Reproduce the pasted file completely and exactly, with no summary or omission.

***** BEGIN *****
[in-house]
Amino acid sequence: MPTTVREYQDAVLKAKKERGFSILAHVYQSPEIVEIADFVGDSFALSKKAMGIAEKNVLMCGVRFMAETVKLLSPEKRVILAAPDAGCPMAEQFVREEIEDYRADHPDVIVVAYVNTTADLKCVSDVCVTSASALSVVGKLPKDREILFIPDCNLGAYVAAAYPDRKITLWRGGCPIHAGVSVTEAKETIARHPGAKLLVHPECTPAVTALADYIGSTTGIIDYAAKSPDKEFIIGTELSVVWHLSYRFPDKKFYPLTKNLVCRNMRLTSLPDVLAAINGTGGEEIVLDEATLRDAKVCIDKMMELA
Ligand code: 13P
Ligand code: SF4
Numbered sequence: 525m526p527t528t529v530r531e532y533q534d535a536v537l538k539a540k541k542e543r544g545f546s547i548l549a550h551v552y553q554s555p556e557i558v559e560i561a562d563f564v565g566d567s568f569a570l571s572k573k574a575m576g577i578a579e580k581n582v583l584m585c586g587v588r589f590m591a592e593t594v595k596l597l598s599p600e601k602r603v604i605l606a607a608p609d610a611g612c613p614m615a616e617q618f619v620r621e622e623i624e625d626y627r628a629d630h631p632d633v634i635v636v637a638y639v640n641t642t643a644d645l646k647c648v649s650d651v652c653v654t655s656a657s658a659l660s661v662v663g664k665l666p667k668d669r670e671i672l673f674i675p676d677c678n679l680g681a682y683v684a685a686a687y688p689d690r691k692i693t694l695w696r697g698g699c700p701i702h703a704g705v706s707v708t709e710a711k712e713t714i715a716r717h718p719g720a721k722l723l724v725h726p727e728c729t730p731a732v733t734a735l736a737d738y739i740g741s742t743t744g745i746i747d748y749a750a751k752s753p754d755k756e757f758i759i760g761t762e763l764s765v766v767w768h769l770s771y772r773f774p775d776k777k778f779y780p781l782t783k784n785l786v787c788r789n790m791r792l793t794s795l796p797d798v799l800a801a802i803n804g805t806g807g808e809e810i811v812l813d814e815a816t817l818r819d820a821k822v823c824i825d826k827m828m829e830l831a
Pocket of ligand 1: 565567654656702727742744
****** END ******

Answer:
[in-house]
Amino acid sequence: MPTTVREYQDAVLKAKKERGFSILAHVYQSPEIVEIADFVGDSFALSKKAMGIAEKNVLMCGVRFMAETVKLLSPEKRVILAAPDAGCPMAEQFVREEIEDYRADHPDVIVVAYVNTTADLKCVSDVCVTSASALSVVGKLPKDREILFIPDCNLGAYVAAAYPDRKITLWRGGCPIHAGVSVTEAKETIARHPGAKLLVHPECTPAVTALADYIGSTTGIIDYAAKSPDKEFIIGTELSVVWHLSYRFPDKKFYPLTKNLVCRNMRLTSLPDVLAAINGTGGEEIVLDEATLRDAKVCIDKMMELA
Ligand code: 13P
Ligand code: SF4
Numbered sequence: 525m526p527t528t529v530r531e532y533q534d535a536v537l538k539a540k541k542e543r544g545f546s547i548l549a550h551v552y553q554s555p556e557i558v559e560i561a562d563f564v565g566d567s568f569a570l571s572k573k574a575m576g577i578a579e580k581n582v583l584m585c586g587v588r589f590m591a592e593t594v595k596l597l598s599p600e601k602r603v604i605l606a607a608p609d610a611g612c613p614m615a616e617q618f619v620r621e622e623i624e625d626y627r628a629d630h631p632d633v634i635v636v637a638y639v640n641t642t643a644d645l646k647c648v649s650d651v652c653v654t655s656a657s658a659l660s661v662v663g664k665l666p667k668d669r670e671i672l673f674i675p676d677c678n679l680g681a682y683v684a685a686a687y688p689d690r691k692i693t694l695w696r697g698g699c700p701i702h703a704g705v706s707v708t709e710a711k712e713t714i715a716r717h718p719g720a721k722l723l724v725h726p727e728c729t730p731a732v733t734a735l736a737d738y739i740g741s742t743t744g745i746i747d748y749a750a751k752s753p754d755k756e757f758i759i760g761t762e763l764s765v766v767w768h769l770s771y772r773f774p775d776k777k778f779y780p781l782t783k784n785l786v787c788r789n790m791r792l793t794s795l796p797d798v799l800a801a802i803n804g805t806g807g808e809e810i811v812l813d814e815a816t817l818r819d820a821k822v823c824i825d826k827m828m829e830l831a
Pocket of ligand 1: 565567654656702727742744